News

In Wake of Lieber Arrest, Dean of Science Says FAS ‘Limited’ In Its Ability to Track Unauthorized Research Activity

News

Top Harvard School of Public Health Administrator Grusby To Step Down from Three Posts

News

‘A Zealot and a Partisan.’ ‘A Danger to Democracy.’ Inside Alan Dershowitz and Laurence Tribe’s Sparring Matches Over Impeachment

News

As New Candidates Move Forward, A Look Back at Previous Board of Overseers Campaigns

News

Harvard Places Second Among Universities in Total Annual Fundraising, Per Report

Democratic Presidential Candidates Make Closing Pitches at New Hampshire Dinner

Former Vice President and 2020 presidential candidate Joseph R. Biden Jr. delivers his speech at the 2017 Harvard Class Day exercises.
Former Vice President and 2020 presidential candidate Joseph R. Biden Jr. delivers his speech at the 2017 Harvard Class Day exercises. By Megan M. Ross
By Jasper G. Goodman, Crimson Staff Writer

MANCHESTER, N.H. — Democratic presidential hopeful Peter P. M. Buttigieg ’04 fended off rivals’ recent criticisms at a New Hampshire Democratic Party event attended by nearly all the major Democratic primary candidates Sunday.

Buttigieg, a former Crimson editorial editor, faced criticism over the weekend from former Vice President Joseph R. Biden, Jr., as well as United States Senators Elizabeth Warren (D-Mass.) and Amy Klobuchar (D-Minn.).

Biden — who came in fourth-place in in the Iowa caucuses last week and is lagging in the polls in New Hampshire, which will hold its primary on Tuesday — released an ad criticizing Buttigieg’s work as the mayor of South Bend, Ind., on Sunday.

Though he did not name Biden, Buttigieg responded to criticisms in the ad Sunday night at the McIntyre-Shaheen 100 Club Dinner — an annual fundraiser for the New Hampshire Democratic party held at the 11,000-seat Southern New Hampshire University Arena.

“I know some are asking: What business does a South Bend Mayor have seeking the highest office in the land?” Buttigieg said. “You don’t have an office in Washington. You don’t have decades of experience in the establishment. The city you’re the mayor of isn’t even the biggest city in the country — it’s more like Manchester, New Hampshire.”

“To which I say, that is very much the point. Because Americans in small rural towns, in industrial communities — and yes, in pockets of our country’s biggest cities — are tired of being reduced to a punchline by Washington politicians and ready for somebody to take their voice to the American capital,” he added.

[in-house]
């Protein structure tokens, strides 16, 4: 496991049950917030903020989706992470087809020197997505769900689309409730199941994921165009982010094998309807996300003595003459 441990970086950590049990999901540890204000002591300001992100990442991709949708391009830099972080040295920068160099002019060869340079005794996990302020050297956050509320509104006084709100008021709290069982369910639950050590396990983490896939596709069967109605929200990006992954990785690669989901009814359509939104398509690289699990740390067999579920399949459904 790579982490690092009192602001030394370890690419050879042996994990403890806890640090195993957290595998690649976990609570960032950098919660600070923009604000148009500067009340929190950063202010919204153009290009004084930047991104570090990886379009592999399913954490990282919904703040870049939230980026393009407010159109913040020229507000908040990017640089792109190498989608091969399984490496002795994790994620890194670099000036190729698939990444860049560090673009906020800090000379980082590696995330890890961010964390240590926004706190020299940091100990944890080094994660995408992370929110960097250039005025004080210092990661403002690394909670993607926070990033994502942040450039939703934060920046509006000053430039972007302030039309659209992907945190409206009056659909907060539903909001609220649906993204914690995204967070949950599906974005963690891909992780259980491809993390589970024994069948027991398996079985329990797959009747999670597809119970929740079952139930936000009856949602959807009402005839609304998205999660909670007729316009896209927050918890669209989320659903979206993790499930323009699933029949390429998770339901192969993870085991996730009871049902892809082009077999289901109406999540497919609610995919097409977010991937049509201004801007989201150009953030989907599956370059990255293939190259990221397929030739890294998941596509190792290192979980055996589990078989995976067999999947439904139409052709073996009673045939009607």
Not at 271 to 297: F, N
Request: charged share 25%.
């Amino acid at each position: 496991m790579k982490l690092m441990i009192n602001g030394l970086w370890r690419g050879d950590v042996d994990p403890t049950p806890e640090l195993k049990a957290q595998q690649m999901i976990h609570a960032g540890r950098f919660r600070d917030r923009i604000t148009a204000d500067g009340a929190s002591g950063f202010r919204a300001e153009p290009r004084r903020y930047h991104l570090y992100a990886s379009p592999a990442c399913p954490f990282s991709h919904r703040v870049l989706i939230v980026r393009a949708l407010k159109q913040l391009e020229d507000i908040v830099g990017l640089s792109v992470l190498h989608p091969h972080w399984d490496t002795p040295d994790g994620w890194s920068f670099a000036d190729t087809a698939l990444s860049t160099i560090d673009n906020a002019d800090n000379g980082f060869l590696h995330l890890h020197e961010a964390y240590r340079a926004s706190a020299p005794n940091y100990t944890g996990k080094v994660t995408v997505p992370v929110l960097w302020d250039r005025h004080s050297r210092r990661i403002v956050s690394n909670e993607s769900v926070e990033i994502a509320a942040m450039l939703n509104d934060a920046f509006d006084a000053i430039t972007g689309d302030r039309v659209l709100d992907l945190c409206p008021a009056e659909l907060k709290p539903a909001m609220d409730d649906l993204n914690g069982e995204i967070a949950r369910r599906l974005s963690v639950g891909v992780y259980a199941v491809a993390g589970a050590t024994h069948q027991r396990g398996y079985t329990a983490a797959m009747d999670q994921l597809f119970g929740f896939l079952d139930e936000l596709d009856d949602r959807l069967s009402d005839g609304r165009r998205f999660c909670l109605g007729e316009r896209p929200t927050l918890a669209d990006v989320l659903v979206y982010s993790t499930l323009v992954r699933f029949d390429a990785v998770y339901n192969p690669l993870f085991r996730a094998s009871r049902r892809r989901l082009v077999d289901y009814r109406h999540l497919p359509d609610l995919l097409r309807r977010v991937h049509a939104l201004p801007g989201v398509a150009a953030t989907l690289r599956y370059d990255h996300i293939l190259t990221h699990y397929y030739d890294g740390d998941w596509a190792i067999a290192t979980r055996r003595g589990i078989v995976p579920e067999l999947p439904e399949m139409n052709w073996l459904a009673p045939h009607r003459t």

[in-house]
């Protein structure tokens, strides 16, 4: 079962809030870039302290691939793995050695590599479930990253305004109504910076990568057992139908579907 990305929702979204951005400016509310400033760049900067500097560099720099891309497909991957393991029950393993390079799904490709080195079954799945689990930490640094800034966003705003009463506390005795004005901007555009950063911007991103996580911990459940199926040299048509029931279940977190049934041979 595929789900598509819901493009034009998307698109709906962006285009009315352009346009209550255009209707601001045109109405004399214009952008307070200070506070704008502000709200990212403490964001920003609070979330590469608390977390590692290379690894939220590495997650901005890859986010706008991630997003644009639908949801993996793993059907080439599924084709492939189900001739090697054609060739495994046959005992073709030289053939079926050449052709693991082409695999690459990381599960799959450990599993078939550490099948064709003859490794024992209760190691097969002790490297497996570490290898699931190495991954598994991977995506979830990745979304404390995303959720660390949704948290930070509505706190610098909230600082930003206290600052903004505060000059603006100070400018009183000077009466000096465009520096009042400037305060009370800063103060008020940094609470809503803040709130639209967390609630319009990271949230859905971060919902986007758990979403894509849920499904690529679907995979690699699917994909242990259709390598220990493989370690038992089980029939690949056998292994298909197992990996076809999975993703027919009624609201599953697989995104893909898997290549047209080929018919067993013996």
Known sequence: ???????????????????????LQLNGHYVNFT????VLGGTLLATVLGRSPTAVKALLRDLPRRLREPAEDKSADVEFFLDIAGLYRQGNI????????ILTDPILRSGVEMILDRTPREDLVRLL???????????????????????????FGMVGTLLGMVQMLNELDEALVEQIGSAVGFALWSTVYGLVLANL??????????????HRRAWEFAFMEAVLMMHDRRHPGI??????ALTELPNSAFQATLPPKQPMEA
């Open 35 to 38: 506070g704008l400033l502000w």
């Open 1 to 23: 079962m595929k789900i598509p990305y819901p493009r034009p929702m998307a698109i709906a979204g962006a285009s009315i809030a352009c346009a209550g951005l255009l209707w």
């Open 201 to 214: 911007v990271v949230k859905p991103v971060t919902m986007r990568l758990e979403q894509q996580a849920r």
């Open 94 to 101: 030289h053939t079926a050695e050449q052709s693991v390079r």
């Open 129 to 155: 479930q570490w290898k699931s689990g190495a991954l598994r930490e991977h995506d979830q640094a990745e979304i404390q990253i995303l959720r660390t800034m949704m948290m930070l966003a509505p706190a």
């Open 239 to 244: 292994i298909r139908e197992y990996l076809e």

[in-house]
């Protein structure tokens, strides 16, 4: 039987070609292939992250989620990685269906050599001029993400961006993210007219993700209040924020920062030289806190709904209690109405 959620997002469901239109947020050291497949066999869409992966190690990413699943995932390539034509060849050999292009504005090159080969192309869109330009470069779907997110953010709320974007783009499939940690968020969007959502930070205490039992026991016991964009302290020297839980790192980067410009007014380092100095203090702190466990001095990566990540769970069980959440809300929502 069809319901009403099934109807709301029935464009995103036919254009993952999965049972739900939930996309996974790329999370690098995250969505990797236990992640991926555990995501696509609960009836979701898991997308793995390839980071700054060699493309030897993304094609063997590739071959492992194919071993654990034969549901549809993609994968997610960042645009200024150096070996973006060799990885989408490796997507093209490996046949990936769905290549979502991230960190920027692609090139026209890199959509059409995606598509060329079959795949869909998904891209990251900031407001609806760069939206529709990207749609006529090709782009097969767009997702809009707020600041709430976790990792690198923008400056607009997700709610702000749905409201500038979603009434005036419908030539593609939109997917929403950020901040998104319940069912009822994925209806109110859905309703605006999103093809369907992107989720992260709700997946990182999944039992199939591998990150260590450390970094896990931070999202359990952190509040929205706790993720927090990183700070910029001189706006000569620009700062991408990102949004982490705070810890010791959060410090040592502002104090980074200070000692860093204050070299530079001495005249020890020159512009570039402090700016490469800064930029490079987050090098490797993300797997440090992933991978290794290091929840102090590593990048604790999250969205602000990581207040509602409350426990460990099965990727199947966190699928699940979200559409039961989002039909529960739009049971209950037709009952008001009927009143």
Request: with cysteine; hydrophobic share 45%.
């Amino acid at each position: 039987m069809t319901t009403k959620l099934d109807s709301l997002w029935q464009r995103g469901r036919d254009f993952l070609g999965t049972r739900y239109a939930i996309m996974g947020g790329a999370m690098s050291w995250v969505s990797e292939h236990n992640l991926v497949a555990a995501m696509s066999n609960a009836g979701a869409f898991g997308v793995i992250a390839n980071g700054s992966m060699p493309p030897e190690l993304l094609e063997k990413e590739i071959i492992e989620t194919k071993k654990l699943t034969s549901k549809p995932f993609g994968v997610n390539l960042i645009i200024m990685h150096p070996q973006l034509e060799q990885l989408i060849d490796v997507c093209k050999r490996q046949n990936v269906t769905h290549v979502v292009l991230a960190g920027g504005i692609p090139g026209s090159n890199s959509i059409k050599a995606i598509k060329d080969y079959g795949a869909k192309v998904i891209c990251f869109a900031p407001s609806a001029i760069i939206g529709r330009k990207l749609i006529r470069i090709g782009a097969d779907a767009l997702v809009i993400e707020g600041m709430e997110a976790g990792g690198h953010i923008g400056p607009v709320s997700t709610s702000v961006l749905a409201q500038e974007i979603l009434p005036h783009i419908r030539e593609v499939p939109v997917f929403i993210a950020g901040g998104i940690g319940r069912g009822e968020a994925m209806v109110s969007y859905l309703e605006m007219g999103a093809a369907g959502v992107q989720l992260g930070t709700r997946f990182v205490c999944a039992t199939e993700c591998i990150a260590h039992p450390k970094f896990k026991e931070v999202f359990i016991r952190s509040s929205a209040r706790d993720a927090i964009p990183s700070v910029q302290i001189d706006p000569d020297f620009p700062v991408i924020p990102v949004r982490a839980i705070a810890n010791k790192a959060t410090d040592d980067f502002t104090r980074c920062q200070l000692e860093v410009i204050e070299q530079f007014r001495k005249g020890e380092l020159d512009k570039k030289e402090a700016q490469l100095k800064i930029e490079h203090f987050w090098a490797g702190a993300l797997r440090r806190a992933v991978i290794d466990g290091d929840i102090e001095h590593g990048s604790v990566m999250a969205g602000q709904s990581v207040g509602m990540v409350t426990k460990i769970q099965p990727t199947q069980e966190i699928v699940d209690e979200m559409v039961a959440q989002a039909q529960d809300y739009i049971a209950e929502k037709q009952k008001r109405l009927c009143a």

Diego A. Garcia ’20, the co-founder of Harvard College Democrats for Biden, said the former vice president’s record “speaks for itself” in contrast to Buttigieg’s.

“I think that Vice President Biden has the utmost respect for our mayors and local government across the country,” Garcia said. “But at the end of the day, what matters in a presidential primary cycle — in a presidential election — is what you've accomplished in life.”

Sanders, a former Harvard Institute of Politics resident fellow, also sharpened his criticisms of Buttigieg over the weekend by painting him as wealthy donors’ candidate of choice at campaign events and on Twitter.

Buttigieg responded Sunday night by rebuking Sanders’ call for a “political revolution.”

“With a president this divisive, we cannot risk dividing Americans further, saying that you must either be for a revolution or you must be for the status quo,” Buttigeig said, drawing boos from Sanders supporters in the crowd.

Garcia said he thinks Sanders supporters booing other candidates is unhelpful for party unity.

“I just don't think it’s healthy for the party for us to be trying to sow this type of discord,” he said.

Harvard College Democrats for Andrew Yang President Michael Zhu ’22, who attended Sunday’s McIntyre-Shaheen dinner, said that after hearing from every major Democratic presidential hopeful except for Michael R. Bloomberg — who is not on the ballot in the Granite State — he feels comfortable pledging support to the eventual nominee.

“Regardless of anything else, I still consider myself a lifelong Democrat,” Zhu said. “Even before I could actually vote, I’d still stand behind my party, of course.”

—Staff writer Jasper G. Goodman can be reached at jasper.goodman@thecrimson.com. Follow him on Twitter @Jasper_Goodman.

Want to keep up with breaking news? Subscribe to our email newsletter.

Tags
PoliticsDemocrats2020 Election